Walt Disney Pictures gives one of its most beloved animated features a modern-day spin in The Lion King, from director Jon Favreau. The voice cast includes Donald Glover (Simba), Seth Rogen (Pumbaa), Chiwetel Ejiofor (Scar), Beyoncé Knowles-Carter (Nala) and, reprising his role from the original version, James Earl Jones as Mufasa. As with the original film, I wasn’t too fond of the remake.
Lion Mufasa and his mate, Sarabi (Alfre Woodard), rule over the animal kingdom in the Pride Lands of Africa. Parents to a newborn son, Simba (JD McCrary), Mufasa enjoys guiding the cub through the journey of kingship. Mufasa is unaware that his younger, envious brother Scar wants the throne for himself. After murdering Mufasa, Scar tricks Simba into survivor’s guilt and advises him to leave the Pride Lands. Simba does so and soon he meets Timon (Billy Eichner) and Pumbaa, who teaches the cub the joys of a carefree life. When an adult Simba reunites with his childhood friend Nala, he decides to return home to reclaim his throne.
From the moment The Lion King starts, the film is a visual wonder. The one thing I will commend the remake for is the digital effects and the realistic looks of the animals. There were moments in the film where I felt as if I had VIP access to a zoo, as everything from the eyes of the animals to their fur had pristine detail. However, once the animals begin to speak, The Lion King starts to fall apart.
The supporting cast of the film were all fine with Seth Rogen, Billy Eichner, and Chiwetel Ejiofor standing out. All three actors provided a natural flow to their character’s voices. There was never a moment in their voiceover work where I felt the actors were just reading a script. The sentiment doesn’t hold true for Donald Glover or Beyoncé Knowles-Carter. As a modest fan of Donald Glover, I know that he is a vast talent; however, voicing Simba, Glover comes off as monotone and amateurish. In one particular scene where Simba faces off with Scar, Glover is no match for Ejiofor. During that scene I found myself rooting for Scar as opposed to Simba.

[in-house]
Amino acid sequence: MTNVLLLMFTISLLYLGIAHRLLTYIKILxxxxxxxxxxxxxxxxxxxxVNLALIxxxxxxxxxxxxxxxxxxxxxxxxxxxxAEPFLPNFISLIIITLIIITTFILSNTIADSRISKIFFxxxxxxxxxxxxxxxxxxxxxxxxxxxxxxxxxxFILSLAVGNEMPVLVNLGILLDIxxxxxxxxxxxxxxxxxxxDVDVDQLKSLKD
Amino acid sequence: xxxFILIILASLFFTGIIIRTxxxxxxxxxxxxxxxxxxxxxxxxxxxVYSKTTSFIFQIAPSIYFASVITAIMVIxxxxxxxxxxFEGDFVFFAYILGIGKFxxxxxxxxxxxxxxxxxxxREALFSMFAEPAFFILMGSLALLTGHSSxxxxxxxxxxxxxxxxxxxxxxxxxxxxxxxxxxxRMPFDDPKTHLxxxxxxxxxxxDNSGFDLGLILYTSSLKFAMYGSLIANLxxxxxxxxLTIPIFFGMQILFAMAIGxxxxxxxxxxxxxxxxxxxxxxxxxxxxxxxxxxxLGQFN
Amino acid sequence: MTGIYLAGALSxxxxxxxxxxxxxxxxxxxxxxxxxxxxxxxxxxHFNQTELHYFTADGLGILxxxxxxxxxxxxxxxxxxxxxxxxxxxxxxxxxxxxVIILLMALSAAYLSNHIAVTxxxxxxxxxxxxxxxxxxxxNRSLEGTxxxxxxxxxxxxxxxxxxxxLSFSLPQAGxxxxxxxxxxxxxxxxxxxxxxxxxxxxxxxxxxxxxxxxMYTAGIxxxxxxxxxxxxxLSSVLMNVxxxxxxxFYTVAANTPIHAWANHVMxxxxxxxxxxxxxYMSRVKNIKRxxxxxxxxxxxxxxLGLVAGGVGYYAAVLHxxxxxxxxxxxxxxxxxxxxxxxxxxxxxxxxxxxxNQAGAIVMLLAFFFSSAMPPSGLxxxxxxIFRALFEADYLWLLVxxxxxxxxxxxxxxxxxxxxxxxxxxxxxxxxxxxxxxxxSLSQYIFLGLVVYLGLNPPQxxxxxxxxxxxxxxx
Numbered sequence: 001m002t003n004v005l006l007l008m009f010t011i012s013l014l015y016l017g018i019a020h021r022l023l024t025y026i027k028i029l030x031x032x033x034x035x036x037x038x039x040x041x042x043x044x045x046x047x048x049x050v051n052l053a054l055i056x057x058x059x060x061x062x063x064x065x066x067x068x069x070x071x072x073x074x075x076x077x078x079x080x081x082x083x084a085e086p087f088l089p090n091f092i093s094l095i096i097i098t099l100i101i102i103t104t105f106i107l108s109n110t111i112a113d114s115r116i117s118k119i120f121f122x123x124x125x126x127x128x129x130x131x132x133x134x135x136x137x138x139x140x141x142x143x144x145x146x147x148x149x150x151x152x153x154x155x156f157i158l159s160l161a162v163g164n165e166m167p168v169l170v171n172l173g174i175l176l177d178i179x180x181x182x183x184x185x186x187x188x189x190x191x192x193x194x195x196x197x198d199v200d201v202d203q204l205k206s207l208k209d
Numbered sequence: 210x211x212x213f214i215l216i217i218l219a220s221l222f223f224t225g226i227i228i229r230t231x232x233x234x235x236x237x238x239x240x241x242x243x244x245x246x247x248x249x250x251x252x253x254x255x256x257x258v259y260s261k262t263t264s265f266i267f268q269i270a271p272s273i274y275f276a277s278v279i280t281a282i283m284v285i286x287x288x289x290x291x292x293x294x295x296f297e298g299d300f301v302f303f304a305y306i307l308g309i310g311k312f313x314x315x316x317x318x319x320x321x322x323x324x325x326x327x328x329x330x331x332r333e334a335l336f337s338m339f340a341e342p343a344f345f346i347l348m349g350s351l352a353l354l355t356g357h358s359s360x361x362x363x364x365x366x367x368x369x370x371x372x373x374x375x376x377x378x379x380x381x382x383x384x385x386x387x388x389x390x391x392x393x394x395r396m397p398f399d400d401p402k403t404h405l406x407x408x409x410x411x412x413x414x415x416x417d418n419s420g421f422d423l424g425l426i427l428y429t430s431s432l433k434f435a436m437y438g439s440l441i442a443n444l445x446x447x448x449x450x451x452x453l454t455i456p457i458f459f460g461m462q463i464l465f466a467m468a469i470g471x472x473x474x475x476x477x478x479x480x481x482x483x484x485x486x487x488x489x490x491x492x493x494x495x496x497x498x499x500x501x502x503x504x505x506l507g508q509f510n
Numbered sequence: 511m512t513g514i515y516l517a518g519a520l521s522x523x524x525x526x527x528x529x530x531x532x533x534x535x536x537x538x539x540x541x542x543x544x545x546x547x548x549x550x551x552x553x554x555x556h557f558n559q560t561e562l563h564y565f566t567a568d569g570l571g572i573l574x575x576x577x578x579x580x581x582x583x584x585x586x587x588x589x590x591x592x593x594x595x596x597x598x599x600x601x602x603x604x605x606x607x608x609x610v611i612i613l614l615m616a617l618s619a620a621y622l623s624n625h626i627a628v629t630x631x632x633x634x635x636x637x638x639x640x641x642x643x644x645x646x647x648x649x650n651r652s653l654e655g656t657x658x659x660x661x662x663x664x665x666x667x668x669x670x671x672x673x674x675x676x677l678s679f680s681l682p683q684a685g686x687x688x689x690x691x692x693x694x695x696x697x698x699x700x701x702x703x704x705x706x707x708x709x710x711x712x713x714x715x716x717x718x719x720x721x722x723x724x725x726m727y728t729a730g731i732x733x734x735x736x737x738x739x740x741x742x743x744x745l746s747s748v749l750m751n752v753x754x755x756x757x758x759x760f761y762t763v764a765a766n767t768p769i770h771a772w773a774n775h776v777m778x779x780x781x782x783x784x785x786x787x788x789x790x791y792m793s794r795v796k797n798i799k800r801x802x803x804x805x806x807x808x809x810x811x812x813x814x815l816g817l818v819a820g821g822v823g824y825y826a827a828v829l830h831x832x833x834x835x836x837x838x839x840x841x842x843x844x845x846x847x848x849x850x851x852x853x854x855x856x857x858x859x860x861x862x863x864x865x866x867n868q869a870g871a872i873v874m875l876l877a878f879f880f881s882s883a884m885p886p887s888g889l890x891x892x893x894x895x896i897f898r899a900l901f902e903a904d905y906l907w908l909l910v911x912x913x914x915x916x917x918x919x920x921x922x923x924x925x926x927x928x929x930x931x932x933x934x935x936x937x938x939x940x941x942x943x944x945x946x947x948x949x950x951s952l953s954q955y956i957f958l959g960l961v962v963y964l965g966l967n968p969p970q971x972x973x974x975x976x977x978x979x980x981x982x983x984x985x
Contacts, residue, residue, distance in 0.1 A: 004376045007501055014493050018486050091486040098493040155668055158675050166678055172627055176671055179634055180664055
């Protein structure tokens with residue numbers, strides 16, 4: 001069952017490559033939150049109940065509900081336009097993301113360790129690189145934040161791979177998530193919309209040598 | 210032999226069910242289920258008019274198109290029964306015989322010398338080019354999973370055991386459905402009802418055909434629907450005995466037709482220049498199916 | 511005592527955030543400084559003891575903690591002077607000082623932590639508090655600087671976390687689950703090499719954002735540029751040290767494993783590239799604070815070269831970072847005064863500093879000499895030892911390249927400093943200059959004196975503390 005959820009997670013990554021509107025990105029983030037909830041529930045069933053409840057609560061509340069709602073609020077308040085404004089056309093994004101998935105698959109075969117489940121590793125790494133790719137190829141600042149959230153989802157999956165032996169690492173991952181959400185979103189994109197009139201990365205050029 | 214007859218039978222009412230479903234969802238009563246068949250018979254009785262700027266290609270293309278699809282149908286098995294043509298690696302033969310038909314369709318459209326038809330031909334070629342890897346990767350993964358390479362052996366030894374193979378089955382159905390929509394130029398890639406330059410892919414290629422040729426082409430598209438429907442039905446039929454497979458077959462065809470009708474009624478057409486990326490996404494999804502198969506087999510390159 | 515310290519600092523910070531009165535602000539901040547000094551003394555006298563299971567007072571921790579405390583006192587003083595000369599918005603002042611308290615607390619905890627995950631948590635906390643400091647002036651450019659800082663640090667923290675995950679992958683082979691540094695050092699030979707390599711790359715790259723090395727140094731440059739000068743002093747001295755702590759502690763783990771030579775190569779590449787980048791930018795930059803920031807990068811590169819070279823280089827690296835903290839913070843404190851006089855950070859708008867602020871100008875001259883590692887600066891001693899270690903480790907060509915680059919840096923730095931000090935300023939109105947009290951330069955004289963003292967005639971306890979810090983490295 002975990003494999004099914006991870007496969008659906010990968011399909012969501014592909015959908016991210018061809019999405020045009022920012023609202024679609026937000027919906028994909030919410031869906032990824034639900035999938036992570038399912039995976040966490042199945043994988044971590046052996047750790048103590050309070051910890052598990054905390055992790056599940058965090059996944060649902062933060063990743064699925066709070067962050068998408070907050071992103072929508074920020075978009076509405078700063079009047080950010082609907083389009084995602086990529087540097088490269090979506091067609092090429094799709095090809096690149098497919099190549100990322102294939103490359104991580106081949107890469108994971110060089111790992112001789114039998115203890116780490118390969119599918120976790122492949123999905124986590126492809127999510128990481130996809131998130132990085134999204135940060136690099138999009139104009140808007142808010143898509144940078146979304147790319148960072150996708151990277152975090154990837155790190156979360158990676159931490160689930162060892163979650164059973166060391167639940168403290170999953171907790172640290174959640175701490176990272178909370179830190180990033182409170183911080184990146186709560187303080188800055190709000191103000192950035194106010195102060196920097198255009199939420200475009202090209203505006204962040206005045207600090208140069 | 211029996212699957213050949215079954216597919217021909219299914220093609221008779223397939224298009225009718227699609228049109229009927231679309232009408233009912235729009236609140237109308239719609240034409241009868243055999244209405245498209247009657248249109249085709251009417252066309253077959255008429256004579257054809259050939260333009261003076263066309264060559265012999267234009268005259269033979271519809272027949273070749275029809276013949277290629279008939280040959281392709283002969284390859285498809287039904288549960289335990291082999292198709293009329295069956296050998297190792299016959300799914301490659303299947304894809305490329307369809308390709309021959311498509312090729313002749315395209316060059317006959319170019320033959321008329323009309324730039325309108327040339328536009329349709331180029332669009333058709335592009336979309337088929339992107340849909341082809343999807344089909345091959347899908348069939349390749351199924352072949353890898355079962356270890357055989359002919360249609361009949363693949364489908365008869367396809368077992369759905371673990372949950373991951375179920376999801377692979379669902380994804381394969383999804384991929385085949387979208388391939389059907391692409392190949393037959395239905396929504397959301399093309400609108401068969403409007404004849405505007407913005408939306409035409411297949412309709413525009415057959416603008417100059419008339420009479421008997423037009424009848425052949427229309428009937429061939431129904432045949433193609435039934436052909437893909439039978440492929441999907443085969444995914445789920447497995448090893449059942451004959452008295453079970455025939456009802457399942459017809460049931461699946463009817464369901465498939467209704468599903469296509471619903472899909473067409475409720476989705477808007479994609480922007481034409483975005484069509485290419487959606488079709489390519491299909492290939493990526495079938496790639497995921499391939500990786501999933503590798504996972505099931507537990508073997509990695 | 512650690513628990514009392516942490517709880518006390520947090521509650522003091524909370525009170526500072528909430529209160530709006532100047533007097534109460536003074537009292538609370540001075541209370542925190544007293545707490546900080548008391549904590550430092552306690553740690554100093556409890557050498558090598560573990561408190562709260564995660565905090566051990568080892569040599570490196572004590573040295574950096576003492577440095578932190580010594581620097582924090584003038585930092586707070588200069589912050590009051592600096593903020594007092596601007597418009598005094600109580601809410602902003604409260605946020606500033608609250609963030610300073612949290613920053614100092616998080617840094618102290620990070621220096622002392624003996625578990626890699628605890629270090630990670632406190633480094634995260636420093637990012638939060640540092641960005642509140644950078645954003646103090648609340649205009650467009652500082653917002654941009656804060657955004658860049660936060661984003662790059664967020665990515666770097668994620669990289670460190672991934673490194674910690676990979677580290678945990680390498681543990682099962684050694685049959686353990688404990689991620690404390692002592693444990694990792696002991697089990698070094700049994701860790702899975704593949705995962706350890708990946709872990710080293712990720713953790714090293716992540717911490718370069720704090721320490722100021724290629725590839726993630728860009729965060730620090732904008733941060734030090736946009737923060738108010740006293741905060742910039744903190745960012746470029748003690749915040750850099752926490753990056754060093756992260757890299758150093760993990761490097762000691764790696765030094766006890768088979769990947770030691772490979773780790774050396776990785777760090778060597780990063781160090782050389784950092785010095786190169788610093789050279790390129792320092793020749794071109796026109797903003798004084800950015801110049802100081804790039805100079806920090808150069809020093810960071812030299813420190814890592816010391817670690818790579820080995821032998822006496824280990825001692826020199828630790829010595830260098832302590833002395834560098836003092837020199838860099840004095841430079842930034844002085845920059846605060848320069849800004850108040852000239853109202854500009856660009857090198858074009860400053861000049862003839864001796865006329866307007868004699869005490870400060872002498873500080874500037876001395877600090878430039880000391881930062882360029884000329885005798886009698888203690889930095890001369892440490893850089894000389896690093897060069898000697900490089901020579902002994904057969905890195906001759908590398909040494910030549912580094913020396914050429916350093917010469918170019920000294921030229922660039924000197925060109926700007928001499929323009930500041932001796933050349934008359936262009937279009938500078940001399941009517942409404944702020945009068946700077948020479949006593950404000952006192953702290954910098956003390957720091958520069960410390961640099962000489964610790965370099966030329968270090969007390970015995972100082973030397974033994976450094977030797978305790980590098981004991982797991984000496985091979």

The announcement of Knowles-Carter as Nala was met with massive disdain from fans of the original film. I was in the minority because I was generally optimistic about her as a casting choice. Sadly, Queen Bey let me down as Nala. Like Glover, Knowles-Carter’s line delivery came off as amateurish and borderline dress rehearsal. It’s crystal clear that both Glover and Knowles-Carter were cast to get butts in seats. Personally, I would have liked to see Disney cast unknowns in the roles and find new stars. Given the popularity of The Lion King franchise, Disney could have gone this route and still had a hit film on their hands.
One of the key components of the original Lion King is the film’s songs. I can recall during seventh grade in middle school, my chorus class had performed songs from the soundtrack. Die-hard fans of the original will find some key changes to a few of the big musical numbers. “Be Prepared”, “I Just Can’t Wait to Be King”, and “Can You Feel The Love Tonight” are all changed from their original presentation. Ironically, the studio made the odd choice to simplify the musical numbers, which, while giving the film a more realistic approach, lacks the magic which made the songs memorable in the first place. The sold-out audience I was with did not seem to mind though, as there were applause and singing during these moments. Similarly, the audience was filled with laughter and even tears during key moments.
My stance on The Lion King franchise remains the same, in my eyes it’s still nothing more than a mix of Hamlet and Kimba the White Lion. While I personally didn’t care for The Lion King remake, I do recommend seeing the film for the nostalgia and if you have kids of your own.
MPAA Rating PG
Final Grade: C+